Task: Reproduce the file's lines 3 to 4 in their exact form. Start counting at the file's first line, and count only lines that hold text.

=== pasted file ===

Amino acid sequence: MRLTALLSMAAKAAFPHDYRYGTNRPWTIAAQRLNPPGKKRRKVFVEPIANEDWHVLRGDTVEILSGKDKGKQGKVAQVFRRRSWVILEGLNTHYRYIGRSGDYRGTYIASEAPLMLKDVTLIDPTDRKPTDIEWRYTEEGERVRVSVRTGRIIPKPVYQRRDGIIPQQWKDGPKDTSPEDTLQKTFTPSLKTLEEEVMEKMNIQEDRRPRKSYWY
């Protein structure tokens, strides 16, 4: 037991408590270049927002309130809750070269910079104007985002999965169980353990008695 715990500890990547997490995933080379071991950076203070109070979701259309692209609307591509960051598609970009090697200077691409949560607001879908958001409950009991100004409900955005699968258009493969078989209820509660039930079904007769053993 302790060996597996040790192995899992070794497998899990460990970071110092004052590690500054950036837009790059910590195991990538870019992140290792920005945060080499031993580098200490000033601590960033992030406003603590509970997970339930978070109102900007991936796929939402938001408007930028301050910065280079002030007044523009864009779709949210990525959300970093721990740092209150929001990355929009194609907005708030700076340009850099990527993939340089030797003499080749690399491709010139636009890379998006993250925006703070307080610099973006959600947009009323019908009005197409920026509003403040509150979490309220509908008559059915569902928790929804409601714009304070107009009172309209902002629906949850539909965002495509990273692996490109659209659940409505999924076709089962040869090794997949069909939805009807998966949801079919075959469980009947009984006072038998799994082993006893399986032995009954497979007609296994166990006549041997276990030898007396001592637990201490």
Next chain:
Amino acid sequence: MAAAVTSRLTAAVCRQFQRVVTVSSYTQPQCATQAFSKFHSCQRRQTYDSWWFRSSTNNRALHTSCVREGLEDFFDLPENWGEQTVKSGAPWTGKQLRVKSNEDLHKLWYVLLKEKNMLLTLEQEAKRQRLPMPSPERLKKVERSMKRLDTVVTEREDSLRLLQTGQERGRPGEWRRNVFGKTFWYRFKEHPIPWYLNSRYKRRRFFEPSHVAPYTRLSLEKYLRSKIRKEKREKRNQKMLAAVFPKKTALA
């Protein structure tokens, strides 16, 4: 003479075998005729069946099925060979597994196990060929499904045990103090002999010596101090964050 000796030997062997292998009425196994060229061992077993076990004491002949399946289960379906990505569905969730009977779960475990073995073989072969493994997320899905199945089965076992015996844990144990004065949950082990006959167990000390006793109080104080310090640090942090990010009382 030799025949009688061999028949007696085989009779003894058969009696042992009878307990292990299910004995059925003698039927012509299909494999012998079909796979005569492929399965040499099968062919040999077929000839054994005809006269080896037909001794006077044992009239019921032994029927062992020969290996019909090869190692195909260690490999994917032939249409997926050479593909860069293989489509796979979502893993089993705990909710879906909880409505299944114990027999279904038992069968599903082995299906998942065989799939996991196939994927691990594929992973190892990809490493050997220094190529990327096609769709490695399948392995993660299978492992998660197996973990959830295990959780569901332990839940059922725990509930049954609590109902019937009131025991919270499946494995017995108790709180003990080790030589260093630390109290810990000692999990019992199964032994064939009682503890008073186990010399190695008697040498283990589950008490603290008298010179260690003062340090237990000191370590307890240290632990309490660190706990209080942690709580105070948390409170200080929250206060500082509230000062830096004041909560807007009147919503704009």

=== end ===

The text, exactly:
Next chain:
Amino acid sequence: MAAAVTSRLTAAVCRQFQRVVTVSSYTQPQCATQAFSKFHSCQRRQTYDSWWFRSSTNNRALHTSCVREGLEDFFDLPENWGEQTVKSGAPWTGKQLRVKSNEDLHKLWYVLLKEKNMLLTLEQEAKRQRLPMPSPERLKKVERSMKRLDTVVTEREDSLRLLQTGQERGRPGEWRRNVFGKTFWYRFKEHPIPWYLNSRYKRRRFFEPSHVAPYTRLSLEKYLRSKIRKEKREKRNQKMLAAVFPKKTALA